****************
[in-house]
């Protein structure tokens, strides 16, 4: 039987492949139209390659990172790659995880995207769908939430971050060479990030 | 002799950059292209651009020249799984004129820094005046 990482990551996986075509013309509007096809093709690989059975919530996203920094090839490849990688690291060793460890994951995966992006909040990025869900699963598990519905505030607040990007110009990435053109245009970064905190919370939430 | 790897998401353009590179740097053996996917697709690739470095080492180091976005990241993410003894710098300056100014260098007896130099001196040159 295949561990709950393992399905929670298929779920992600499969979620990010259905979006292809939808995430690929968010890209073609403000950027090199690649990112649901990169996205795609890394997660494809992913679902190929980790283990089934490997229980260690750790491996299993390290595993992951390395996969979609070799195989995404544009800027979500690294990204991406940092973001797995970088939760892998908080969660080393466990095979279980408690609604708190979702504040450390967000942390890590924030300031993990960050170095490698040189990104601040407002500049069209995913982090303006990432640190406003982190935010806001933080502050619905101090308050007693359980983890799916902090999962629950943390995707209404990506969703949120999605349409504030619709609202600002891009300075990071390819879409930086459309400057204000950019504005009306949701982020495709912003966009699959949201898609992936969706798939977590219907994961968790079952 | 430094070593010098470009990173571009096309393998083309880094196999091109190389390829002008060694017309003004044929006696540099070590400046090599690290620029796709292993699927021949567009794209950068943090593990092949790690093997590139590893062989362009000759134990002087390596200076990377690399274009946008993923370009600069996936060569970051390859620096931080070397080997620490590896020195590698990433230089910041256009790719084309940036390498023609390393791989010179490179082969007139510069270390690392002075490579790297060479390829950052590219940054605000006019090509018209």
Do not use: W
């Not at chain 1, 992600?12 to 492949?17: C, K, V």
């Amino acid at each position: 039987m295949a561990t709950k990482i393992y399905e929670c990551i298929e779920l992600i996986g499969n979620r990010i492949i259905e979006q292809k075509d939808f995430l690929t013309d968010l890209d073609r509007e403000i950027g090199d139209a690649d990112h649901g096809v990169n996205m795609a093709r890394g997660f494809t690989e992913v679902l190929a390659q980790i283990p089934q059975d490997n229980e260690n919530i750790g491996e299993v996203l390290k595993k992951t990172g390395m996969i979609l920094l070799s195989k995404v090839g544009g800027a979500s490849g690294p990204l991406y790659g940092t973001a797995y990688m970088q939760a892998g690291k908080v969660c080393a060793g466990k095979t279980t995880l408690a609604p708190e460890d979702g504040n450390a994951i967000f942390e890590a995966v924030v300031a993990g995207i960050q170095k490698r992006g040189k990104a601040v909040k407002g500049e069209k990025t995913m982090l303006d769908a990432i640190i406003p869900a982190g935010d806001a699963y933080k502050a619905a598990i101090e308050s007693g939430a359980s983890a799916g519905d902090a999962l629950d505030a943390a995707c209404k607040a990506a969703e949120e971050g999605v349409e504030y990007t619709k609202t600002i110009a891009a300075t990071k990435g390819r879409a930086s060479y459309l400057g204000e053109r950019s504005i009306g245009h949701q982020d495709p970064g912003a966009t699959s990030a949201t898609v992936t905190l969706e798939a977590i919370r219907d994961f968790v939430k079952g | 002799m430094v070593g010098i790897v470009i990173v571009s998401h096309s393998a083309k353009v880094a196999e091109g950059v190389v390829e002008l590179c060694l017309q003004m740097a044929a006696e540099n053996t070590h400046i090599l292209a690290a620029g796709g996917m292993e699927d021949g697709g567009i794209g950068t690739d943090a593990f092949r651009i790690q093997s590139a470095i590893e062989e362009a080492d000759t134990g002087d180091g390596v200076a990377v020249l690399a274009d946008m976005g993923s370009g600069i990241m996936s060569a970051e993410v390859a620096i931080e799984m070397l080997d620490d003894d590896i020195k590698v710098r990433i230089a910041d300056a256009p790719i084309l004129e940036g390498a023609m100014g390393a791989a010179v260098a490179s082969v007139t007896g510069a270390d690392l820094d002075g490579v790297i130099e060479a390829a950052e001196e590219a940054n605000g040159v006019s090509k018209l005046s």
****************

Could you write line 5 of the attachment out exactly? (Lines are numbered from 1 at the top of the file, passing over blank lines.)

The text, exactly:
């Amino acid at each position: 039987m295949a561990t709950k990482i393992y399905e929670c990551i298929e779920l992600i996986g499969n979620r990010i492949i259905e979006q292809k075509d939808f995430l690929t013309d968010l890209d073609r509007e403000i950027g090199d139209a690649d990112h649901g096809v990169n996205m795609a093709r890394g997660f494809t690989e992913v679902l190929a390659q980790i283990p089934q059975d490997n229980e260690n919530i750790g491996e299993v996203l390290k595993k992951t990172g390395m996969i979609l920094l070799s195989k995404v090839g544009g800027a979500s490849g690294p990204l991406y790659g940092t973001a797995y990688m970088q939760a892998g690291k908080v969660c080393a060793g466990k095979t279980t995880l408690a609604p708190e460890d979702g504040n450390a994951i967000f942390e890590a995966v924030v300031a993990g995207i960050q170095k490698r992006g040189k990104a601040v909040k407002g500049e069209k990025t995913m982090l303006d769908a990432i640190i406003p869900a982190g935010d806001a699963y933080k502050a619905a598990i101090e308050s007693g939430a359980s983890a799916g519905d902090a999962l629950d505030a943390a995707c209404k607040a990506a969703e949120e971050g999605v349409e504030y990007t619709k609202t600002i110009a891009a300075t990071k990435g390819r879409a930086s060479y459309l400057g204000e053109r950019s504005i009306g245009h949701q982020d495709p970064g912003a966009t699959s990030a949201t898609v992936t905190l969706e798939a977590i919370r219907d994961f968790v939430k079952g | 002799m430094v070593g010098i790897v470009i990173v571009s998401h096309s393998a083309k353009v880094a196999e091109g950059v190389v390829e002008l590179c060694l017309q003004m740097a044929a006696e540099n053996t070590h400046i090599l292209a690290a620029g796709g996917m292993e699927d021949g697709g567009i794209g950068t690739d943090a593990f092949r651009i790690q093997s590139a470095i590893e062989e362009a080492d000759t134990g002087d180091g390596v200076a990377v020249l690399a274009d946008m976005g993923s370009g600069i990241m996936s060569a970051e993410v390859a620096i931080e799984m070397l080997d620490d003894d590896i020195k590698v710098r990433i230089a910041d300056a256009p790719i084309l004129e940036g390498a023609m100014g390393a791989a010179v260098a490179s082969v007139t007896g510069a270390d690392l820094d002075g490579v790297i130099e060479a390829a950052e001196e590219a940054n605000g040159v006019s090509k018209l005046s």